REVIEWS: Operatic ‘Turandot’ vs. balletic ‘To the Wonder’

The beautiful production at Dallas Opera. Photo by Karen Almond

How unfair the opera world is: Turandot gets her name in the title, Calaf gets the big, famous aria, but Liu? She gets the tragic love story, the brutal ending and, at least in the Dallas Opera’s current production of Puccini’s last opera, the pipes. She’s the emotional focus, the true tragic hero, of this Turandot. Hei-Kyung Hong transforms the opera, wonderfully achieving emotional beauty in a powerful interpretation; she rips the rug right from under the others. That’s an accomplishment, since all the principals do excellent work.

Antonello Palombi as Calaf does well in Acts 1 and 2, but the disappointment is his “Nessun Dorma,” which for unfathomable reasons he sings mostly while sitting down, robbing his diaphragm of is strength. Aside from a technical glitch (a big one) in Act 1 of opening night, the production is a marvel of beauty and moody lighting, under Garnett Bruce’s direction an expert management of the chorus by Alexander Rom. This is your last weekend to see it, so get moving.

IMG_0631.CR2From the operatic stage to the balletic medium of film is quite a leap, but balletic is the only term to apply to Terrence Malick’s To the Wonder. By my count, only four filmmakers of the past 40 years — the late Stanley Kubrick, Jean-Jacques Annaud, David Lynch and Malick — truly qualify as cinematic artists: Directors more concerned with making visionary works that serving a commercial or even accessible audience. (A fifth, Ang Lee, is well on his way to that status as well.) These are men who make movies on their terms, inventing their own idioms and grammar. They refer almost to nothing and no one. That’s what artists get to do.

—  Arnold Wayne Jones

Overtures: Notes on the classical scene

Ahn white closeNEW

April is crowed with classical music performances, with some terrific performances coming up. Of course, it kicks off Friday as Dallas Opera opens the first of two not-to-be missed productions at the Winspear: Turandot, Puccini’s final masterpiece (and the resting place of the most popular tenor aria ever, “Nessun Dorma”), which runs April 5, 10, 13 and 19 with matinees April 7 and 21. Running concurrently, Dominick Argento’s atmospheric mystery opera, The Aspern Papers — which the Dallas Opera premiered several decades ago — will feature superstar mezzo soprano Susan Graham. It plays evening performances April 12, 17 and 20, with matinees April 14 and 28.

Can’t make it to the Winspear for Turandot? The April 13 performance will be broadcast live at Cowboys Stadium … and tickets (and parking!) are free. Visit here to avoid the rush. You won’t wanna miss the warm-up act: The classic Bugs Bunny cartoon “What’s Opera, Doc?” will screen at 6:45 followed by the video of the opera’s boffo buffa about Julia Child, Bon Appétit!

Opera season continues with the Fort Worth Opera opening its summer festival at Bass Hall with four operas in repertory. Three are warhorses, with one (Glory Denied, about a Vietnam-era war hero) a regional premiere. The revivals include Puccini’s three-hanky, tuneful La Boheme opening April 20 with the brilliant Joe Illick in the pit, and Donizetti’s knee-slapper, The Daughter of the Regiment, with local favorite Ave Pine and superstar Joyce Castle in the cast opening April 27. Illick returns to conduct Richard Strauss’ sort-of comic opera Ariadne auf Naxos, starting May 4.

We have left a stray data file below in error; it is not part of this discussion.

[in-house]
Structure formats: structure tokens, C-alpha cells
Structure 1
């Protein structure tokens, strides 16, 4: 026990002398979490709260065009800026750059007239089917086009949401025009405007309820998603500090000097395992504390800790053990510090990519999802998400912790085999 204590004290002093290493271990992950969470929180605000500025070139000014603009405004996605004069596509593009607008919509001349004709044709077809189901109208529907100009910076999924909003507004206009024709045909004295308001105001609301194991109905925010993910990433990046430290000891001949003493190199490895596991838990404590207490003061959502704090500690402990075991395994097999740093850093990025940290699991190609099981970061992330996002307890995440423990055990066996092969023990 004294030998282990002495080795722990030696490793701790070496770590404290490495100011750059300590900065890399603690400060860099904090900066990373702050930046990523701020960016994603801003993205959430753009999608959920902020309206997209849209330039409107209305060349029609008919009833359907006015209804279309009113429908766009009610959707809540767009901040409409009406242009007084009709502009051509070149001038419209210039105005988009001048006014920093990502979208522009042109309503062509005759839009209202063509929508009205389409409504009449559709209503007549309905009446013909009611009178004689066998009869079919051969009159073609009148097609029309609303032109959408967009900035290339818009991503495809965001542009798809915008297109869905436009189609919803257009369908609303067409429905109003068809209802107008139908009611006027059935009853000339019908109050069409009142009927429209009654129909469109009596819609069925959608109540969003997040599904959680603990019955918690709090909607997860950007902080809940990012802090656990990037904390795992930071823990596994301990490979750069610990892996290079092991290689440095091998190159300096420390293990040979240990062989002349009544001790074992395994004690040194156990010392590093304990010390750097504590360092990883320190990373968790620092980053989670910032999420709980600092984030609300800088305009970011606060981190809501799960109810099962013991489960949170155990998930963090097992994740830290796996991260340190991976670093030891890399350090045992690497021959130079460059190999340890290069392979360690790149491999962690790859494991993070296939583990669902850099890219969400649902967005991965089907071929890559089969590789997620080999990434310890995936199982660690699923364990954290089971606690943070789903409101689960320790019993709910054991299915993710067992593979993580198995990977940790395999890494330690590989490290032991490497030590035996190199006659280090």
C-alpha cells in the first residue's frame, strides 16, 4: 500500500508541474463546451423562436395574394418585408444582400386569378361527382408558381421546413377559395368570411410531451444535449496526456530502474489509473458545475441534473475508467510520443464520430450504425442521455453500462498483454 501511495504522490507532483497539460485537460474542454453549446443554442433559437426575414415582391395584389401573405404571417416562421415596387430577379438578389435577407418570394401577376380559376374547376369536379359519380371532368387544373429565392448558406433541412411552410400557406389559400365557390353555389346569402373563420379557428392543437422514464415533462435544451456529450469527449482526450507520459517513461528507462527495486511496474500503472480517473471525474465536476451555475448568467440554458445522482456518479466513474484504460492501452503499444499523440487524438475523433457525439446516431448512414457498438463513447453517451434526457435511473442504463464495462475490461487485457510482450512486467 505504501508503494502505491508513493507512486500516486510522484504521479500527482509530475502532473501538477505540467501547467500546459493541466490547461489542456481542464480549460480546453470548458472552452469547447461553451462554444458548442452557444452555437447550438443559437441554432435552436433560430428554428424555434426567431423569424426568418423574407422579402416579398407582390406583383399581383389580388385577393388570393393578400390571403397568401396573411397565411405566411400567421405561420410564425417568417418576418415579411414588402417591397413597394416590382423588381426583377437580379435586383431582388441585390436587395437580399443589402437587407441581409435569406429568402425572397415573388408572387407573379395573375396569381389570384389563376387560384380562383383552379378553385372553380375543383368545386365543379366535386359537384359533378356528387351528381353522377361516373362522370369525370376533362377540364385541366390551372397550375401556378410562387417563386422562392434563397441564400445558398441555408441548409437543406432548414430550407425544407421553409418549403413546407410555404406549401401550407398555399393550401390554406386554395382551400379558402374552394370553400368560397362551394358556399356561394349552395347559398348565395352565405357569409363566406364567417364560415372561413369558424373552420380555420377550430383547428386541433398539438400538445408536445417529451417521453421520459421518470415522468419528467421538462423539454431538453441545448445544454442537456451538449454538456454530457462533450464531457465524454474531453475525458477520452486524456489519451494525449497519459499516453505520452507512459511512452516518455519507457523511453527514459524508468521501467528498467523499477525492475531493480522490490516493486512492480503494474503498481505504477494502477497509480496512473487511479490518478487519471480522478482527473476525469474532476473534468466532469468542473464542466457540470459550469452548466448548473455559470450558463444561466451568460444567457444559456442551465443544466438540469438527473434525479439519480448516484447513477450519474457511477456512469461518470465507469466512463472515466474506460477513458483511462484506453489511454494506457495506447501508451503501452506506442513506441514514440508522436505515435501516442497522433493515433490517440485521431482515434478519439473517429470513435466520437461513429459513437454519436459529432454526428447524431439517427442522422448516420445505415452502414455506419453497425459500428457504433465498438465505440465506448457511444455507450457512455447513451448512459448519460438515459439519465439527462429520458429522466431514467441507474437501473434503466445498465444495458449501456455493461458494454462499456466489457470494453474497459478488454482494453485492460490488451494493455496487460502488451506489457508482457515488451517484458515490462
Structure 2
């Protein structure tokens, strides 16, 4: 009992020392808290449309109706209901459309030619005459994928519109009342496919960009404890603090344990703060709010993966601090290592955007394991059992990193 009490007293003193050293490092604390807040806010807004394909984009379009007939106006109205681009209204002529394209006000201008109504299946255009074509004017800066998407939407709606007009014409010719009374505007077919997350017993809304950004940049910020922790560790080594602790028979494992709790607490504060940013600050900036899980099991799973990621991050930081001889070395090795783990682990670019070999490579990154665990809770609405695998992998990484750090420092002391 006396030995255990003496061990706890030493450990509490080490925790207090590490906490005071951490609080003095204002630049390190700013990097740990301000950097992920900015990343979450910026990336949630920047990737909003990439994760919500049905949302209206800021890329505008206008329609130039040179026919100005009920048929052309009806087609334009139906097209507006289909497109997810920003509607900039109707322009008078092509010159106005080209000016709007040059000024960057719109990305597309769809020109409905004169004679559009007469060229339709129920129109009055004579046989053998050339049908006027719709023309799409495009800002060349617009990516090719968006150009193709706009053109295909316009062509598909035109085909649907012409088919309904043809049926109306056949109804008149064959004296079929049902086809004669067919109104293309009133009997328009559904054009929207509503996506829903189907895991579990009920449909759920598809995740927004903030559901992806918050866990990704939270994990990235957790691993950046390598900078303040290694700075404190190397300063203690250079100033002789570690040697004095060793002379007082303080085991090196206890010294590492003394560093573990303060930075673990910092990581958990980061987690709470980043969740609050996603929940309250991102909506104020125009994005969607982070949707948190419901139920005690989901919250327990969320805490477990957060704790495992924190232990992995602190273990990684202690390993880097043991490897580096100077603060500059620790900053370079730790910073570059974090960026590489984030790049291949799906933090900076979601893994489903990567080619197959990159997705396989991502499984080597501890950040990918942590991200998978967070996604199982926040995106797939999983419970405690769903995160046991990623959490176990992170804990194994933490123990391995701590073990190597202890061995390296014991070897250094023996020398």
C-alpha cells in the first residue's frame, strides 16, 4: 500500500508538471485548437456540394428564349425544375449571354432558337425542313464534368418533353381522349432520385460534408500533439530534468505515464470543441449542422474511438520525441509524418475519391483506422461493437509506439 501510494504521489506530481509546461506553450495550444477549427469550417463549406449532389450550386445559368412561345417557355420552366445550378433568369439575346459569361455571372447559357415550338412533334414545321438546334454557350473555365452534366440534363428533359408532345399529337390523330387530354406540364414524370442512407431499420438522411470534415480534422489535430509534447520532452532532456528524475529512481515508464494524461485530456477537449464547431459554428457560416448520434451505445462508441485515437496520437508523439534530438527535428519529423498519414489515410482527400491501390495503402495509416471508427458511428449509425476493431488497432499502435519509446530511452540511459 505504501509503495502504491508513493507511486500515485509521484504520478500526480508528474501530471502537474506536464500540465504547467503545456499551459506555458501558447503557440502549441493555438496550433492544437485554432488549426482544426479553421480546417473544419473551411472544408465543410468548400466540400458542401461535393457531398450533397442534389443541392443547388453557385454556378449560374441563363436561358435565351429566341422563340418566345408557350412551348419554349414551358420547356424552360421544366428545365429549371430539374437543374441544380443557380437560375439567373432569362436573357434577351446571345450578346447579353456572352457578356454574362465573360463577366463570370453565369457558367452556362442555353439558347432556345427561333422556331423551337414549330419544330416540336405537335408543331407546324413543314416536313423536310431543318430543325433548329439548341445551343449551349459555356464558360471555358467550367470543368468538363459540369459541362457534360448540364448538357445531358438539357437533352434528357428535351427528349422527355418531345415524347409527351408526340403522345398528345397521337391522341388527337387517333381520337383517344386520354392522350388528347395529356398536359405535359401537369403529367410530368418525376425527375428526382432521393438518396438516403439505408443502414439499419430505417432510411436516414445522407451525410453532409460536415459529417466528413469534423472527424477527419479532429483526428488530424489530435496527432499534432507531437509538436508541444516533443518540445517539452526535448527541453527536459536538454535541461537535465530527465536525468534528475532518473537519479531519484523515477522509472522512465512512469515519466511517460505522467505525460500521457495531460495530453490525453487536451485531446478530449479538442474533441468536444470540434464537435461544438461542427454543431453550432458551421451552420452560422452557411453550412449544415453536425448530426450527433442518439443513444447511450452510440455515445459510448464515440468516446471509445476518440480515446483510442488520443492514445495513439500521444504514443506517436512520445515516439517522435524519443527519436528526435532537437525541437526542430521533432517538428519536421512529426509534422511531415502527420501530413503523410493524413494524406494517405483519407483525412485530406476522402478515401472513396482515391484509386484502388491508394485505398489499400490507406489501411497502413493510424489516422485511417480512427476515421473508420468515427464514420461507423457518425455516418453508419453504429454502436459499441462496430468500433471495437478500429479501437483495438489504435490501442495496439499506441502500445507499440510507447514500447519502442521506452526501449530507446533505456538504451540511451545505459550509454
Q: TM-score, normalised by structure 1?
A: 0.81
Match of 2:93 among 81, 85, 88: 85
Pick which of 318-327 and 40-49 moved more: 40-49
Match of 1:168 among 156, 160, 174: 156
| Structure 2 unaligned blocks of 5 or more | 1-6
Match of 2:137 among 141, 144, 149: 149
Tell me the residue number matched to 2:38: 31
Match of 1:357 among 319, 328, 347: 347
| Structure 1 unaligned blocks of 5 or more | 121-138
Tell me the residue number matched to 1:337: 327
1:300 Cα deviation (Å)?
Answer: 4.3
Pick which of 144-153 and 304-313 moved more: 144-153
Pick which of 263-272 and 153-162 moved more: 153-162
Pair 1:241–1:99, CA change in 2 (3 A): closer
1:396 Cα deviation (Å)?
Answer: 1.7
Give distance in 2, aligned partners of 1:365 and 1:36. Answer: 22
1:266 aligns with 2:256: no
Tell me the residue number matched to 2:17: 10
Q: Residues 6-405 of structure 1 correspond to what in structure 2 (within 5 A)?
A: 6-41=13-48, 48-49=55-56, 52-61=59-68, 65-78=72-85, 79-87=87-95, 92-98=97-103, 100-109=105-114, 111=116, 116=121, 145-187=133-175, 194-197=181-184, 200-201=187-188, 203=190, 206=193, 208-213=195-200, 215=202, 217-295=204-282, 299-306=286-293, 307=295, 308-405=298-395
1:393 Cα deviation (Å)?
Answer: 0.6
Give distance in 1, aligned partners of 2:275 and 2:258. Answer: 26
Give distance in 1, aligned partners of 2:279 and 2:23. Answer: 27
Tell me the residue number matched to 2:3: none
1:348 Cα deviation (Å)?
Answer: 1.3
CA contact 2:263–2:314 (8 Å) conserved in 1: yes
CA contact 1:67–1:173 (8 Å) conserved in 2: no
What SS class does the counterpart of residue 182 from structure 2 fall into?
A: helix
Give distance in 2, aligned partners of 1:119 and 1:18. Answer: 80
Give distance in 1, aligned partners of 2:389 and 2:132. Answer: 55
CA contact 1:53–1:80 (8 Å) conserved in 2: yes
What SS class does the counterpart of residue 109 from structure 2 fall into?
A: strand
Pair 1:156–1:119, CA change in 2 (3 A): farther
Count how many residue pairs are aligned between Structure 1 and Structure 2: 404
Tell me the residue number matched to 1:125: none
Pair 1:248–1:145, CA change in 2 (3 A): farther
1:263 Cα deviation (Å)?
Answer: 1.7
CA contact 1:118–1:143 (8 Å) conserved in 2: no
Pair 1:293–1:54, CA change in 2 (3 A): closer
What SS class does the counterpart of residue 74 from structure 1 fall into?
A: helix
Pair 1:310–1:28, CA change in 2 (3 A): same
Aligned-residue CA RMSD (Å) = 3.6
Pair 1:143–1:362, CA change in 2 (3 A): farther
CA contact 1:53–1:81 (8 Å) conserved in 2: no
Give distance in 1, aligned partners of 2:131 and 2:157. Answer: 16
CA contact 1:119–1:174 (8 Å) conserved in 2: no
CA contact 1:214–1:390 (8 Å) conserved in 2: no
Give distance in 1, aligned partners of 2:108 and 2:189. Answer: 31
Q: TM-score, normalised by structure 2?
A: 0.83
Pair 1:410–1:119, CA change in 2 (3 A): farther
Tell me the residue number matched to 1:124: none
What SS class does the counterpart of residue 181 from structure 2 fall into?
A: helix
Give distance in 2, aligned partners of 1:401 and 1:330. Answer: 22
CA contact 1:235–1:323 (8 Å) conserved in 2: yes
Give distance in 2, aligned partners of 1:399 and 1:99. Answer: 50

The Fort Worth Symphony under Miguel Harth-Bedoya continues its centennial season with a monster concert this weekend, starting with former composer-in-residence Kevin Puts’s Network, then launching into two Russian masterpieces: Rachmaninoff’s Third Piano Concerto.

Chamber music fans get three pioneering concerts this month: The innovative Ahn Trio, which is made up of three sisters (Lucia on the piano, Angella on the violin, and Maria on the cello, pictured), brings their cutting edge music to the Winspear April 16; the equally intriguing Lawrence String Quartet plays at SMU’s Caruth Auditorium on April 26; and the same day, the outstanding Soundings series at the Nasher presents pianist Gilbert Kalish playing Ives’ monumental Concord Sonata.

—  Arnold Wayne Jones

Dallas Opera announces abbreviated 2012-13 season, another world premiere from Heggie

Last year, in a major cost-cutting initiative, the Dallas Opera trimmed its season from the planned five full-production operas (plus a chamber piece) down to four, one of which was scaled back to a concert version. The upcoming season looks even more spartan, with only three full-scale shows in 2012-13. But beyond that, there’s hope for some big things.

The so-called “Pursuit of Passion” season kicks off Oct. 26 with Verdi’s Aida, which will be directed by gay British composer John Copley. (I’ve been interviewing Copley for 10 years, and he always says he’s about to retire. So far, it hasn’t stuck… all the better for us. Aida will be followed in the spring with Puccini’s classic Turandot on April 6 and the return on April 12 of The Aspern Papers, which got its world premiere  25 years ago (in 1988) at the Dallas Opera.

But TDO isn’t just reminding us of its past premieres; it promises another in 2015 … once again from gay composer Jake Heggie.

Heggie, pictured — who composed Moby-Dick for its world premiere at the Winspear Opera House in the TDO’s inaugural season there — is teaming again with gay playwright and librettist Terrence McNally for the first time since Dead Man Walking. Great Scott will kick off its 2015-16 season. The rest of that season has not been announced.

The current season continues Feb. 16 with a concert version of Tristan und Isolde, followed by The Lighthouse, La Traviata and Die Dauberflote (The Magic Flute).

—  Arnold Wayne Jones